Frédéric-Auguste Bartholdi

Portrait of Sculptor, Frederic Auguste Bartholdi, c. 1878

Portrait of Sculptor, Frederic Auguste Bartholdi, c. 1878

Frédéric-Auguste Bartholdi was born in 1834 to a wealthy Colmar family. From a young age he was drawn to the arts, winning his first sculptural commission at the age of eighteen. By the time he turned thirty-one, when Bartholdi attended Laboulaye’s inspirational dinner party, he was a prominent sculptor best known for his gargantuan, nationalistic public sculptures.

Bartholdi found himself looking for his next project and fixated on the notion of a neoclassical grand roman goddess. He sketched a woman, draped in robes, holding a torch above her head in 1869. Looking for support, Bartholdi took his drawings to Egypt, where colossal statuary has a long history. Bartholdi proposed his “Egypt Carrying the Light to Asia” for the entrance of the new Suez Canal. But Egypt’s ruler, Khedive Ismail, could not be tempted to commission the project.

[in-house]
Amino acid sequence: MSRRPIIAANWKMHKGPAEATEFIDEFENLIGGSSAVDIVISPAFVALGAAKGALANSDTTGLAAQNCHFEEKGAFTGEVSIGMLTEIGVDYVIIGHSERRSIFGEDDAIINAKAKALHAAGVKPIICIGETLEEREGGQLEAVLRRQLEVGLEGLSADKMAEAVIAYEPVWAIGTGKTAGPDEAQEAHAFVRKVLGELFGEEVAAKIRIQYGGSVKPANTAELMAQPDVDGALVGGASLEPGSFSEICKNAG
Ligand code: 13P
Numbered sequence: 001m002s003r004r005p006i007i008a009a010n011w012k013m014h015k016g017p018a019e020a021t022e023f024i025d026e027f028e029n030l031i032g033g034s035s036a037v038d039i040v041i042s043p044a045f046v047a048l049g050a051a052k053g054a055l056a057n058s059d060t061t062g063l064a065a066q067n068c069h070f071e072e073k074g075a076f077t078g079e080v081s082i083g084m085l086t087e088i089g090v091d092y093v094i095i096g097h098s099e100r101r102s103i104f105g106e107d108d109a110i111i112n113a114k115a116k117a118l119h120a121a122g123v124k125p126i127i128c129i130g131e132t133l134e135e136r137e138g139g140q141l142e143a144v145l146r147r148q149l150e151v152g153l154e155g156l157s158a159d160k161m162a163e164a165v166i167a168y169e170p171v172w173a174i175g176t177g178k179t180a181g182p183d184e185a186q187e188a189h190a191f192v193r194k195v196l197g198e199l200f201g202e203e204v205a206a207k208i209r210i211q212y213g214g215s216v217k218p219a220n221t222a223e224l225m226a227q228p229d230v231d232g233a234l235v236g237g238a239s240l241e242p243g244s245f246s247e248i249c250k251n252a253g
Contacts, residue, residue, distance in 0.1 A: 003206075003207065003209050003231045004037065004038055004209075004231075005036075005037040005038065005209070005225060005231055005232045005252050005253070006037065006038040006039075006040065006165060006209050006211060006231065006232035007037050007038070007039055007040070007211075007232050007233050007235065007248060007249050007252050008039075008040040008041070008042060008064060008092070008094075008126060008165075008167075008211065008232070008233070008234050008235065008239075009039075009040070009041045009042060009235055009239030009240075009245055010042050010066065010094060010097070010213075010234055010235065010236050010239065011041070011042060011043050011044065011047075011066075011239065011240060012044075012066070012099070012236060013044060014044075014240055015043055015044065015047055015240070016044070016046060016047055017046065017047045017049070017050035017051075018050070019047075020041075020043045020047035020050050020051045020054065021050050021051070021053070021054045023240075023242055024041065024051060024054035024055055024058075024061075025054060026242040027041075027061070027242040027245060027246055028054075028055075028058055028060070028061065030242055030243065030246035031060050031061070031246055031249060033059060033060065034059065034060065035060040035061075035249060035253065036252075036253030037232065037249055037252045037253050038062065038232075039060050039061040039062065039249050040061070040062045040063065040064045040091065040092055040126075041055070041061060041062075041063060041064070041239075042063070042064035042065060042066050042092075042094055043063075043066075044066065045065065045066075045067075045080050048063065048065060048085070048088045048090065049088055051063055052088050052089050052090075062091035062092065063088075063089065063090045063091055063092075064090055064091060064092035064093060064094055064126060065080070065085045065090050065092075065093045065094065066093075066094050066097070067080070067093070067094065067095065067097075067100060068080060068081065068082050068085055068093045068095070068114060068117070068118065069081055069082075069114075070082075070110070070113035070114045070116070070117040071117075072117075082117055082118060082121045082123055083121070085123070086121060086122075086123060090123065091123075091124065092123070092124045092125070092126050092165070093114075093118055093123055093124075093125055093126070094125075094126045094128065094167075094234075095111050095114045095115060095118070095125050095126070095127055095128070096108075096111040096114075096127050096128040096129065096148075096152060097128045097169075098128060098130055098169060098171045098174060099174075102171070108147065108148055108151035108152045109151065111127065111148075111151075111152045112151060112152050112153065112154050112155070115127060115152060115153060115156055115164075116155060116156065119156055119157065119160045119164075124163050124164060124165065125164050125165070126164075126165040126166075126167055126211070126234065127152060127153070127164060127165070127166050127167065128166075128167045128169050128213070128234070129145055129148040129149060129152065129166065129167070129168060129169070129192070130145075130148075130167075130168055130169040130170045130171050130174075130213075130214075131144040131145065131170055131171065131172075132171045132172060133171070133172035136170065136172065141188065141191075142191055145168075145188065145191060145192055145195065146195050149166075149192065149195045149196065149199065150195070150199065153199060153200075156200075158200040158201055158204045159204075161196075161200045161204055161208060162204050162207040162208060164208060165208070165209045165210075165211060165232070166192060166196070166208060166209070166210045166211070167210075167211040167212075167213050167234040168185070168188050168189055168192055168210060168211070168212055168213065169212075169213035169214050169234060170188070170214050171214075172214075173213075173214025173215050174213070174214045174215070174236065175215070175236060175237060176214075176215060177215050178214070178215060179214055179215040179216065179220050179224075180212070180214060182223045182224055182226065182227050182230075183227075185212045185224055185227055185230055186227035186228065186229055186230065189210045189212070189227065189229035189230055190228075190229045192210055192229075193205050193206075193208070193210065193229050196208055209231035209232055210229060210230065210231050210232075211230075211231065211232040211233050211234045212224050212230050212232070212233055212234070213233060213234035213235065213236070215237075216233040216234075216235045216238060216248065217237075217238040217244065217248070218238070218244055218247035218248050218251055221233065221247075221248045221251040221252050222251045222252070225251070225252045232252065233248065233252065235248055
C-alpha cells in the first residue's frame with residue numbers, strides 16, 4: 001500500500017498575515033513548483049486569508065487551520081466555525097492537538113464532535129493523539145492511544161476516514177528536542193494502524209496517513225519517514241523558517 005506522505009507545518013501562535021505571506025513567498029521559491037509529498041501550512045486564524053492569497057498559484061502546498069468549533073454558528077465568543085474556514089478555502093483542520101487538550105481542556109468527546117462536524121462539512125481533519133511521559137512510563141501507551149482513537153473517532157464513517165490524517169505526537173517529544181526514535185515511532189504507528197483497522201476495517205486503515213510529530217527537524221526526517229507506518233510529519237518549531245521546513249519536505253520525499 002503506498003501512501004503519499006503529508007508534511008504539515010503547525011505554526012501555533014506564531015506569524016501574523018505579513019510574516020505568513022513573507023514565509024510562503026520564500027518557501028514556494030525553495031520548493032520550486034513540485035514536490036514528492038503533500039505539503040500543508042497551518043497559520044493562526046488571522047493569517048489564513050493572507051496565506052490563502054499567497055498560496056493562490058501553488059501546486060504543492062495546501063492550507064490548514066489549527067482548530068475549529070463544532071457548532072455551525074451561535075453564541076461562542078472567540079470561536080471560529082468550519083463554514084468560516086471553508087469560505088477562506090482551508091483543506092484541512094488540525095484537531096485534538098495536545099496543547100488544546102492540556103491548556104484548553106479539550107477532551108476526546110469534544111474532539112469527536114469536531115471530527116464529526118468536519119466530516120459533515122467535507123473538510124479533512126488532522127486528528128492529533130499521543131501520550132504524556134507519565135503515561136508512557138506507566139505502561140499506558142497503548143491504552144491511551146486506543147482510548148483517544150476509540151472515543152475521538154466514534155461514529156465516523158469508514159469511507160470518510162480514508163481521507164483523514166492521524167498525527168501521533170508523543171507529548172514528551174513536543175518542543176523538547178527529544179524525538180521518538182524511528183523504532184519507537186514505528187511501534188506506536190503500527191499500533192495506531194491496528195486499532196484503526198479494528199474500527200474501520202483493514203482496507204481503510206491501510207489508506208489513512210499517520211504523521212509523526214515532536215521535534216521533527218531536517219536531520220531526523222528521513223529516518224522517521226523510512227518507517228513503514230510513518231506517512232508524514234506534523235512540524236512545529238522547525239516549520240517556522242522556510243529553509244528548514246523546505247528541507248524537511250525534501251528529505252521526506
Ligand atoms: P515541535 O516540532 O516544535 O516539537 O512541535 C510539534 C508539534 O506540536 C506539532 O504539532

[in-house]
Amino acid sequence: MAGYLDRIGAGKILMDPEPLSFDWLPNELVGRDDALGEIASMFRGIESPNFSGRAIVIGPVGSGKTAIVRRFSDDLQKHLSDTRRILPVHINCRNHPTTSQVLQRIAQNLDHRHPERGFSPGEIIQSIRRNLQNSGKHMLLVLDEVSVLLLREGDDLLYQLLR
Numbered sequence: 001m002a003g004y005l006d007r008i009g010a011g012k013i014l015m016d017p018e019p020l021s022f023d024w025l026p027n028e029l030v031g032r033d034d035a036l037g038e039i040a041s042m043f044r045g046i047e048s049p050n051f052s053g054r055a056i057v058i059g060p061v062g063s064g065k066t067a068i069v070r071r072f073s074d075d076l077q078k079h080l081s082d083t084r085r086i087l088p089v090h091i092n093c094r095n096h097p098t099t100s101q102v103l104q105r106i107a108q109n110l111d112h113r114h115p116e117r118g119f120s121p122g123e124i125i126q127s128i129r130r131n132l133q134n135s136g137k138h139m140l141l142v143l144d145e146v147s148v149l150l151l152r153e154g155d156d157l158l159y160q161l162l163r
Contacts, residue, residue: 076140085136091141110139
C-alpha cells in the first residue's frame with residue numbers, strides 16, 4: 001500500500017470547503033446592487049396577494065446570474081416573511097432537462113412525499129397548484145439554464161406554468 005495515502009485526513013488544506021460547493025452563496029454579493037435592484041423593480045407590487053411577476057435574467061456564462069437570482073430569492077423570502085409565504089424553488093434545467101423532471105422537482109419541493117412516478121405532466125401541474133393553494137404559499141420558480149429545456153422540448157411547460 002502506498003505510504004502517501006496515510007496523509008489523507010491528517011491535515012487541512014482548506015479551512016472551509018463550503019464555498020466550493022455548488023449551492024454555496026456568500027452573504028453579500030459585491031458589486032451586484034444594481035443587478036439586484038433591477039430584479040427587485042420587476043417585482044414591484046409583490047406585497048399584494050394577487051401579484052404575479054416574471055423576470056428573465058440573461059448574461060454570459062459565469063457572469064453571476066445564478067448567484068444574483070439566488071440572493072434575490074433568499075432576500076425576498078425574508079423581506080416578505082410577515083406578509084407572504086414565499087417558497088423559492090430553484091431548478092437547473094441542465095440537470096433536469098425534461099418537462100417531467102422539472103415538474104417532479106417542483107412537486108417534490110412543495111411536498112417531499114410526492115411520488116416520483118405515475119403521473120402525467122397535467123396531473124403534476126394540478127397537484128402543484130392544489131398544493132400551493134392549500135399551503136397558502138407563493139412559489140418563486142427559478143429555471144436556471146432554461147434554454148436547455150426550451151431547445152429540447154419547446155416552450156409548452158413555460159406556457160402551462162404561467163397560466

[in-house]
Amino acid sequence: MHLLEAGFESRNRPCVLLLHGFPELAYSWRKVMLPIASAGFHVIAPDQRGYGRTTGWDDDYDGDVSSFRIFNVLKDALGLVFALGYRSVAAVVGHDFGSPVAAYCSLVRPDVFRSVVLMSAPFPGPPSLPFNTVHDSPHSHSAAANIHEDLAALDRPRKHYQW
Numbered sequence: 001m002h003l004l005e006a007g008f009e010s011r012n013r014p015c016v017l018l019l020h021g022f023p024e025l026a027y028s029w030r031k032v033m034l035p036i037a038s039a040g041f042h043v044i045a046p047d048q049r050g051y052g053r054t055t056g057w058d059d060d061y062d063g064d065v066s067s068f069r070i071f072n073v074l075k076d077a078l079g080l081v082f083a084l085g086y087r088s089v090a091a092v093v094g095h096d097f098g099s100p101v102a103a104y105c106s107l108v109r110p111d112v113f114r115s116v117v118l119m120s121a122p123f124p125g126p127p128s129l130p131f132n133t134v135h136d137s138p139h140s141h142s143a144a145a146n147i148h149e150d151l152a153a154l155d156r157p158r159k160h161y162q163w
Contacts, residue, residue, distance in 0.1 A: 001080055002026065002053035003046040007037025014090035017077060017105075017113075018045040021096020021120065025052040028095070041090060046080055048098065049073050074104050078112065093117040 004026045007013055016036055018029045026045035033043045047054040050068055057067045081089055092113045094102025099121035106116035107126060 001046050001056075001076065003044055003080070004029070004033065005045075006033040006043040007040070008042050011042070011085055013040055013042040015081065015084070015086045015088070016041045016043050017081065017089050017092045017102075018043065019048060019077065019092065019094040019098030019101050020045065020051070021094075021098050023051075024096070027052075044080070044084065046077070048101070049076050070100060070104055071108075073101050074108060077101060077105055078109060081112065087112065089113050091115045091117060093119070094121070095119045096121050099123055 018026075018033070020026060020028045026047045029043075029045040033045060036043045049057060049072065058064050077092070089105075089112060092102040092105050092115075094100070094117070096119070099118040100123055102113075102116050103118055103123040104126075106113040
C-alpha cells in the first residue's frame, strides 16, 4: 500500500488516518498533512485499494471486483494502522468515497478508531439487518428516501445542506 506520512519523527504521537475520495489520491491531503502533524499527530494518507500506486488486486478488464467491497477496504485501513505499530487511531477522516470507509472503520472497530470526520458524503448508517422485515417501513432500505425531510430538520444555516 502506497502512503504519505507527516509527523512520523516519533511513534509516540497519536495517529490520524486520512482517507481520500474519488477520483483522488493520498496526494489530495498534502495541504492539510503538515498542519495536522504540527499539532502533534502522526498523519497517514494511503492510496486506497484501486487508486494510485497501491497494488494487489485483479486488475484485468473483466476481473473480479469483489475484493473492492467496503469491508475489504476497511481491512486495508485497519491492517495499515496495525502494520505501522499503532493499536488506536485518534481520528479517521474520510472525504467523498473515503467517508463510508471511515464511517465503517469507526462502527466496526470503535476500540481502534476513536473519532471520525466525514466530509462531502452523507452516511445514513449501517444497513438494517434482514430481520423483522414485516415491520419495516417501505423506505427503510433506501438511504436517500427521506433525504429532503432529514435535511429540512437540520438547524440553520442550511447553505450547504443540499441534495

Bartholdi returned home to France from Egypt near the beginning of the Franco-Prussian War, a conflict that resulted in the transfer of his native Colmar to Germany. After the German annexation of his Alsatian home, Bartholdi’s interest in Liberty and French republicanism re-ignited. In 1871 Bartholdi traveled to America, determined to garner support for a statue celebrating the two countries’ dedication to liberty and self-determination.

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